Innovative bedbug insurance offered by Lloyd's and Aon
Fri 08 Jul 2011
The growing bedbug problem affecting even some of the world’s top tourist destinations is likely to put the dampeners on many a summer vacation this year.
In response to the parasite’s resurgence, Lloyd’s underwriters have teamed up with insurance broker Aon and Global Excess Partners, an innovator in new insurance products, to develop a comprehensive bedbug insurance solution for travellers and the hospitality industry.
Sleep tight: Don’t let the bedbugs bite
If you thought bedbugs were a thing of the past, or just something you say to your children at bedtime, you would be wrong.
Bedbug infestations are on the rise and they are causing hotel owners, landlords and businesses a major problem.
A recent study from the National Pest Management Association (NPMA) and the University of Kentucky confirmed what many pest management professionals had long suspected –that bedbugs are back in a very big way.
“Bedbugs have made an astounding resurgence in recent years,” says Missy Henriksen, of the NPMA, which recently launched a website dedicated to bedbugs. “In fact, according to a recent survey by the NPMA, one in five Americans have had an infestation or know someone who has encountered bed bugs at home or in a hotel.”
Critters on the move
Understandably the growing bedbug problem has people and business concerned.
High levels of infestations have been reported in the US and Europe. Hotels and public spaces in major cities like London and New York are reported to be in the grip of a bedbug infestation with New York topping the list.
“Epidemic is perhaps too strong, but bedbugs are certainly an area of growing concern,” said Al Tobin of Aon. “Hotels have had to shut off blocks of rooms while they deal with bedbug infestations, potentially costing millions of dollars in lost revenues for larger hotel chains.”
While the majority of cases of bedbug infestation are in hotels, the blood sucking insects are also found in hospitals, cinemas, public transport and university dormitories.
Sleep easy insurance cover
Lloyd’s coverholder Global Excess Partners and Aon have come up with a novel bedbug insurance solution for hotels, landlords, corporate businesses and travellers. They have teamed up with pest control company Terminix in the US to combine insurance coverage with specialist pest treatment.
Previously, the cost of bed bug elimination and replacement of infested property was excluded in property insurance policies, said Tobin. Only hotels with loss of attraction coverage on their policies had any protection for lost business resulting from taking rooms out of service, he added.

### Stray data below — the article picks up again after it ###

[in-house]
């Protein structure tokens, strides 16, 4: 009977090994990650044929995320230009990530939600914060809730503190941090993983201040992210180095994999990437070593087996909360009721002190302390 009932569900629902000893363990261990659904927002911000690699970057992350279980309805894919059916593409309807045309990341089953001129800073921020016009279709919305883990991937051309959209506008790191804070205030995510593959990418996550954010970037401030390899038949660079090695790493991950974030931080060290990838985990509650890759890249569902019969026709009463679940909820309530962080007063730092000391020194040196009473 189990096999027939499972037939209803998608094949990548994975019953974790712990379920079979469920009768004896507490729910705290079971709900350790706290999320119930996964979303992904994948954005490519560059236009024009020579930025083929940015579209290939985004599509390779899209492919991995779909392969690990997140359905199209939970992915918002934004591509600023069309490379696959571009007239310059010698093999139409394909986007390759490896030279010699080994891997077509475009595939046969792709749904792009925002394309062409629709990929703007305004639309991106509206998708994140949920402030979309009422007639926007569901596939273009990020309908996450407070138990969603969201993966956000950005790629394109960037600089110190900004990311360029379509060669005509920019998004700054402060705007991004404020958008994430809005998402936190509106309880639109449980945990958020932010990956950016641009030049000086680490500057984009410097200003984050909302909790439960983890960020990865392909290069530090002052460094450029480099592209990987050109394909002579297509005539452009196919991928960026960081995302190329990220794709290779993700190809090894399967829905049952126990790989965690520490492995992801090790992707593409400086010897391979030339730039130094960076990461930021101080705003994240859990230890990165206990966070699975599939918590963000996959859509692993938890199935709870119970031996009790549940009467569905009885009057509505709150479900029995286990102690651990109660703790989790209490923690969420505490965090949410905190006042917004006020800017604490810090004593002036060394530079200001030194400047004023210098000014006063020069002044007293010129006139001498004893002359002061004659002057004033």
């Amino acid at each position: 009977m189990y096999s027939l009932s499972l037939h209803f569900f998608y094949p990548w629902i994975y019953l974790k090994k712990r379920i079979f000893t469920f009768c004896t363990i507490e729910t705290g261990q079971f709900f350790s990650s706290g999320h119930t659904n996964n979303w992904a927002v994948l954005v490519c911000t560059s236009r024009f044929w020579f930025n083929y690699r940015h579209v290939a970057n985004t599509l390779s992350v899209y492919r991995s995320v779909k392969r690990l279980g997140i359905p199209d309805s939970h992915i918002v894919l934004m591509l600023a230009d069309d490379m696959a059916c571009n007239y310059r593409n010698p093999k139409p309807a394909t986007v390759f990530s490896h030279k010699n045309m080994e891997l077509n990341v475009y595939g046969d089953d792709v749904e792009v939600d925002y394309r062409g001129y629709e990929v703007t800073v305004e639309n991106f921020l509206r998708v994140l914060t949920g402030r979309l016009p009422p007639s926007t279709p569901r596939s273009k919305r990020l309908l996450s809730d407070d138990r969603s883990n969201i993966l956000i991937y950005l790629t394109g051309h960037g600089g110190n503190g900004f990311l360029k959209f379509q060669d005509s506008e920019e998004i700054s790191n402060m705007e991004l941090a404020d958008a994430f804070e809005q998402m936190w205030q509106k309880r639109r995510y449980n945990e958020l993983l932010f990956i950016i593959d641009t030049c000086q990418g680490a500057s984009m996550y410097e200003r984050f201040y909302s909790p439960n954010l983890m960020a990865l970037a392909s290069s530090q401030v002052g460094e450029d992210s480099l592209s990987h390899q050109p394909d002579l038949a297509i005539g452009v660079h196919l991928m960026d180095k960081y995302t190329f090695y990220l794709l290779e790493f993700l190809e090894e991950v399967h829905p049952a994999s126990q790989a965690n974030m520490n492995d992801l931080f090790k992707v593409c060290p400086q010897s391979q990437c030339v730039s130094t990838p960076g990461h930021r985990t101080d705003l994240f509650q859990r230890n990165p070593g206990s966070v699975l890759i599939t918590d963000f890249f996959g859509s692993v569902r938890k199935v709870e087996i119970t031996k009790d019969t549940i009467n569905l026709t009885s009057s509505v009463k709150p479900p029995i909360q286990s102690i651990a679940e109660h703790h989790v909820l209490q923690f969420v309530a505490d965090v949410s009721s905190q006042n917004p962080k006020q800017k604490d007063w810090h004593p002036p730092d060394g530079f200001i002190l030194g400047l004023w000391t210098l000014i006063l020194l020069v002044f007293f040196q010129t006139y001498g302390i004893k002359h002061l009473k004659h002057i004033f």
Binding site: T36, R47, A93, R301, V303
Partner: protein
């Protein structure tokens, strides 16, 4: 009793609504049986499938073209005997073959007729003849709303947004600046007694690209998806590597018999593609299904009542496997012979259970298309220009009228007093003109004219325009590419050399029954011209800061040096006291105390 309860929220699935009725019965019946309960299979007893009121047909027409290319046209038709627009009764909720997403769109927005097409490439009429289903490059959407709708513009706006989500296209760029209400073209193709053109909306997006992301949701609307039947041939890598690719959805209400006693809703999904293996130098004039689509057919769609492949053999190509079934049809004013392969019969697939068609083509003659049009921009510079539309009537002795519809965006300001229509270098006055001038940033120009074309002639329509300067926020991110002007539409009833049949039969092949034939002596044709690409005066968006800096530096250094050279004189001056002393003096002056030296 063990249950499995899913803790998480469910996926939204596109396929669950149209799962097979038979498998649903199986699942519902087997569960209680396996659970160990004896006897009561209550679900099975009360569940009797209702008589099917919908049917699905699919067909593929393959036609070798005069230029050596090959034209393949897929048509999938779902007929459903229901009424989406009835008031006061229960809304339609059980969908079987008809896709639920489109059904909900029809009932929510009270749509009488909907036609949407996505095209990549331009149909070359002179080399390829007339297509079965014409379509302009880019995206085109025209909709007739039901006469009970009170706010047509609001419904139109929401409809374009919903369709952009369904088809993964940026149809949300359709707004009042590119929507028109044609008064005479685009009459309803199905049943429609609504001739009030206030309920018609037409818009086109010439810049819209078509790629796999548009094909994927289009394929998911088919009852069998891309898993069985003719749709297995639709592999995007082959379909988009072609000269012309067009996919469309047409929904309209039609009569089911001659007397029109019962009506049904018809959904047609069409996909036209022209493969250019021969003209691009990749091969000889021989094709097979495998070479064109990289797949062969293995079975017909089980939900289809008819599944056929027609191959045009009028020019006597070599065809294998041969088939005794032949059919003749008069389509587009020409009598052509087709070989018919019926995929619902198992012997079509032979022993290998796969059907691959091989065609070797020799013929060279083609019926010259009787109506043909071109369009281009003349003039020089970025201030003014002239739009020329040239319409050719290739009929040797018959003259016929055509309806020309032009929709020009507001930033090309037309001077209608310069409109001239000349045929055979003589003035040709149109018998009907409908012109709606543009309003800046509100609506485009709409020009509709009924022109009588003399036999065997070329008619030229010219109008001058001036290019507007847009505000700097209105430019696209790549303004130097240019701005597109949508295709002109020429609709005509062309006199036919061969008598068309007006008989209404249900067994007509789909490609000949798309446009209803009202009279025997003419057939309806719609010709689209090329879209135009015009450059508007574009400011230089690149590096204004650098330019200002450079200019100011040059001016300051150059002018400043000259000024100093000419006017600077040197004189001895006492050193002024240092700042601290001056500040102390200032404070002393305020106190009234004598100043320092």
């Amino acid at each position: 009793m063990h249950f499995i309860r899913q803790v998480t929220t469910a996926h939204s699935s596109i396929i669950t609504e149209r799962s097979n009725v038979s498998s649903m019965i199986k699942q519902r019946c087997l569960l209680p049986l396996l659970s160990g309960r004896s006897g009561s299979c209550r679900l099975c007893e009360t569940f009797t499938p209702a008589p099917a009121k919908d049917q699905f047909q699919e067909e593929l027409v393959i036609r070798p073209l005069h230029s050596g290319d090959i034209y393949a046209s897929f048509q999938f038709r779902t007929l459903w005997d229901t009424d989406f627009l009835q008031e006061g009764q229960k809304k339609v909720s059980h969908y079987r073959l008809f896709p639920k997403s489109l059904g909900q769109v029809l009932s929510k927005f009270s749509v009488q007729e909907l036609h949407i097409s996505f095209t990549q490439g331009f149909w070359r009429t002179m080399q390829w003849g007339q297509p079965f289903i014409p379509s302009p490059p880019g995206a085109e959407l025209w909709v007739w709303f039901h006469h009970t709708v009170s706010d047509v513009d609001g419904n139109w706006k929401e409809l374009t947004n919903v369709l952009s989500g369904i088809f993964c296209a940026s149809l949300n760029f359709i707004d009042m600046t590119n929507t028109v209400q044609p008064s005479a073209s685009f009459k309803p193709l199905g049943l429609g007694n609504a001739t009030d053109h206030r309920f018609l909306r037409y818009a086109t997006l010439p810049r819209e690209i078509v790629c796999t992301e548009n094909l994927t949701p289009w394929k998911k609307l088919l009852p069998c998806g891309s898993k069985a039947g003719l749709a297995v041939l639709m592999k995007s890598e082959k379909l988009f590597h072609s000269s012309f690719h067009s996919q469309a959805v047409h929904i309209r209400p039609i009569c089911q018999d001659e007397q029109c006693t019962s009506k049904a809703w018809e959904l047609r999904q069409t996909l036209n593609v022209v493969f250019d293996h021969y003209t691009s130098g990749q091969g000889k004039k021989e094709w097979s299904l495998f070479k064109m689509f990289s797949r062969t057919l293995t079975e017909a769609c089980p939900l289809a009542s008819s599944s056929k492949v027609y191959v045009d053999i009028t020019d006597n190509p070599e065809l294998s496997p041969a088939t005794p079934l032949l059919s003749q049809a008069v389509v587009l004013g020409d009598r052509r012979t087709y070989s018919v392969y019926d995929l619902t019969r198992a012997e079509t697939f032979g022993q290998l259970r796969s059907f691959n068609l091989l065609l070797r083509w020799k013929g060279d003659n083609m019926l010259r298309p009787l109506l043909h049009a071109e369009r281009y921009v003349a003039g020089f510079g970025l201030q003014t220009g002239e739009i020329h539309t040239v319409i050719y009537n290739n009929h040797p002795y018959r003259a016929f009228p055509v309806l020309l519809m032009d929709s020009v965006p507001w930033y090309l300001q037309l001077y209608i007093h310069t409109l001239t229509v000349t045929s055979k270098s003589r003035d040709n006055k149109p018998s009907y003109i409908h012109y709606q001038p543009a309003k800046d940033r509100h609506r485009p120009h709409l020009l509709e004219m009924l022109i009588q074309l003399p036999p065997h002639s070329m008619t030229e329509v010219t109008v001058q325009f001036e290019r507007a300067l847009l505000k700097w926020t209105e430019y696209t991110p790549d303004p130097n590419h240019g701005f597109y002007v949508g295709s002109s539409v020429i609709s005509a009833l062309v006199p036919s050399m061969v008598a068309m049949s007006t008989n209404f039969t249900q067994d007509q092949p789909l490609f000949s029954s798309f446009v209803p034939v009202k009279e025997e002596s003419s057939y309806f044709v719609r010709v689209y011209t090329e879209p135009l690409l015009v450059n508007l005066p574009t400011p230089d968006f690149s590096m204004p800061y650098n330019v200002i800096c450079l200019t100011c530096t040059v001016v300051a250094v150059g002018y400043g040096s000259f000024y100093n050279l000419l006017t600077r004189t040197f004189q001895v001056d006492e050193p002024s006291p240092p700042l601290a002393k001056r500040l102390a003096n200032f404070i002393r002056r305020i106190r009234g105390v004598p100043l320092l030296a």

"This is a comprehensive insurance product for bed bug infestation and a creative response from the private sector to address a growing national issue," said Tobin. “Lloyd’s has been fast to respond with this innovative solution,” he added.
The bedbug insurance policy will cover lost revenue resulting from treating rooms, as well as paying for the cost of eliminating the infestation, said Tobin. The cover can be purchased by individual property owners or large corporates, such as hotels or cinema chains.
Don’t forget to pack your bedbugs
The insurance policy can also cover business or leisure travellers against the risk of bringing bedbugs home from a conference or overnight stay.
“Most people don’t realise that they can bring bedbugs back from a hotel stay when on a business trip and infest their home,” said Tobin. “The policy can be sold as a corporate travel coverage or to individual travellers as an add-on to their travel insurance.”
A parasite to rival cockroaches
Unfortunately, bed bugs are the most difficult pest to treat, more so than cockroaches, ants and termites. Bedbugs are also very elusive –they are not only found in beds-and very hardy-they can live for a year or more without eating and can withstand a wide range of temperatures from nearly freezing to 50 degrees Celsius.
They are not known to transmit disease to humans, but their bites leave itchy welts and can cause an allergic reaction.
Bedbugs have a remarkable ability to “hitchhike,” says Michael Potter, professor and urban entomologist at the University of Kentucky and author of the NPMA study.
Infestations are showing up in all the same places they did in the 1920s and 1930s, but times have changed, he says.
“We are in uncharted waters. There will be new challenges this time around including unprecedented movement of people from across town and around the globe; more clutter and belongings in which bugs can hide; less potent insecticides; and a mindset today that when someone is harmed they should sue.”